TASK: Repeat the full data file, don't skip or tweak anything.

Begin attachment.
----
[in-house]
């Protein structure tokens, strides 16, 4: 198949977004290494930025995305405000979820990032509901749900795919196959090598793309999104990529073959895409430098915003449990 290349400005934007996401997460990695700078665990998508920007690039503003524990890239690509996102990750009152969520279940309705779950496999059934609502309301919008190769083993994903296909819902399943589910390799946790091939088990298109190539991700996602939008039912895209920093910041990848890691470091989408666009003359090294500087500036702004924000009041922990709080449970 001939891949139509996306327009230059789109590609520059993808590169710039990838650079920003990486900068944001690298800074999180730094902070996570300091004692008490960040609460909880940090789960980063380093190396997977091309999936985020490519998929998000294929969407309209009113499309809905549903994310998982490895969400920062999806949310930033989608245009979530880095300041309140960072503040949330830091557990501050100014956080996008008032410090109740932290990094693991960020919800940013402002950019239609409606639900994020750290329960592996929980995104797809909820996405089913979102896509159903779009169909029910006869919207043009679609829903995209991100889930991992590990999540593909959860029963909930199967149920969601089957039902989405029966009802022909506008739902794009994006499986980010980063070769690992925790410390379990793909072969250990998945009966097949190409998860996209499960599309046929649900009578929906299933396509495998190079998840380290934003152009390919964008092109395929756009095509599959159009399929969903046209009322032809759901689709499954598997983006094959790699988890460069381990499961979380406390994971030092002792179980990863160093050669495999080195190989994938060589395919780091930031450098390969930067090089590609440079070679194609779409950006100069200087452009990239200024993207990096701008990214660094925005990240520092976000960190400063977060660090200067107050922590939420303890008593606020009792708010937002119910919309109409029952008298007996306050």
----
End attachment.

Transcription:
[in-house]
């Protein structure tokens, strides 16, 4: 198949977004290494930025995305405000979820990032509901749900795919196959090598793309999104990529073959895409430098915003449990 290349400005934007996401997460990695700078665990998508920007690039503003524990890239690509996102990750009152969520279940309705779950496999059934609502309301919008190769083993994903296909819902399943589910390799946790091939088990298109190539991700996602939008039912895209920093910041990848890691470091989408666009003359090294500087500036702004924000009041922990709080449970 001939891949139509996306327009230059789109590609520059993808590169710039990838650079920003990486900068944001690298800074999180730094902070996570300091004692008490960040609460909880940090789960980063380093190396997977091309999936985020490519998929998000294929969407309209009113499309809905549903994310998982490895969400920062999806949310930033989608245009979530880095300041309140960072503040949330830091557990501050100014956080996008008032410090109740932290990094693991960020919800940013402002950019239609409606639900994020750290329960592996929980995104797809909820996405089913979102896509159903779009169909029910006869919207043009679609829903995209991100889930991992590990999540593909959860029963909930199967149920969601089957039902989405029966009802022909506008739902794009994006499986980010980063070769690992925790410390379990793909072969250990998945009966097949190409998860996209499960599309046929649900009578929906299933396509495998190079998840380290934003152009390919964008092109395929756009095509599959159009399929969903046209009322032809759901689709499954598997983006094959790699988890460069381990499961979380406390994971030092002792179980990863160093050669495999080195190989994938060589395919780091930031450098390969930067090089590609440079070679194609779409950006100069200087452009990239200024993207990096701008990214660094925005990240520092976000960190400063977060660090200067107050922590939420303890008593606020009792708010937002119910919309109409029952008298007996306050």